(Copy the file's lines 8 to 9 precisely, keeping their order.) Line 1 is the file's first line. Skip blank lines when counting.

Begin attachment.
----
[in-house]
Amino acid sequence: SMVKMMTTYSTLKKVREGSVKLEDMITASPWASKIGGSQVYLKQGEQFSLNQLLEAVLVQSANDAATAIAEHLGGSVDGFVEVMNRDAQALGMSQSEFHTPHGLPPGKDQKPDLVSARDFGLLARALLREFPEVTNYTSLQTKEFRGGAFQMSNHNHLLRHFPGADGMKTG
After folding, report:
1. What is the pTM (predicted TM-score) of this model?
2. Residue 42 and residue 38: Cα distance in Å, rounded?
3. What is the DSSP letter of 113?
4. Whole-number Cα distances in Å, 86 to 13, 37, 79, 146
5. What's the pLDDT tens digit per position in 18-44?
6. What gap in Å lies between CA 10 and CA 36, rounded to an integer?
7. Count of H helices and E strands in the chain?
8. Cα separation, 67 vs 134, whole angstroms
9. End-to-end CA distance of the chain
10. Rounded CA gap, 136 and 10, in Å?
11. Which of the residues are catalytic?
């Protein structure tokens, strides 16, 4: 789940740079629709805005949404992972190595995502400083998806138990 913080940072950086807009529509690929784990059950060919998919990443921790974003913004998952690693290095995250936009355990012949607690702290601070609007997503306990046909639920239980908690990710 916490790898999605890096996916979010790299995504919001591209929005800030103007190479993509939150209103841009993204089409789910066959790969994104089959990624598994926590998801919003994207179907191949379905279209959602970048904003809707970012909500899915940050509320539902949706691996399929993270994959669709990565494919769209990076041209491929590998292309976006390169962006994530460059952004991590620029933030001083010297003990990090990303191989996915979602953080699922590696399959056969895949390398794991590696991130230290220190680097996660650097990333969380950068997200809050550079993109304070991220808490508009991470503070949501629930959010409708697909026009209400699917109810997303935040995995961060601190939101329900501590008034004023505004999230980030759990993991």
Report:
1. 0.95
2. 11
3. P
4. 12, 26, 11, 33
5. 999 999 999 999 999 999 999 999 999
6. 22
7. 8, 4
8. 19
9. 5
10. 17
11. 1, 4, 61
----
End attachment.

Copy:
5. What's the pLDDT tens digit per position in 18-44?
6. What gap in Å lies between CA 10 and CA 36, rounded to an integer?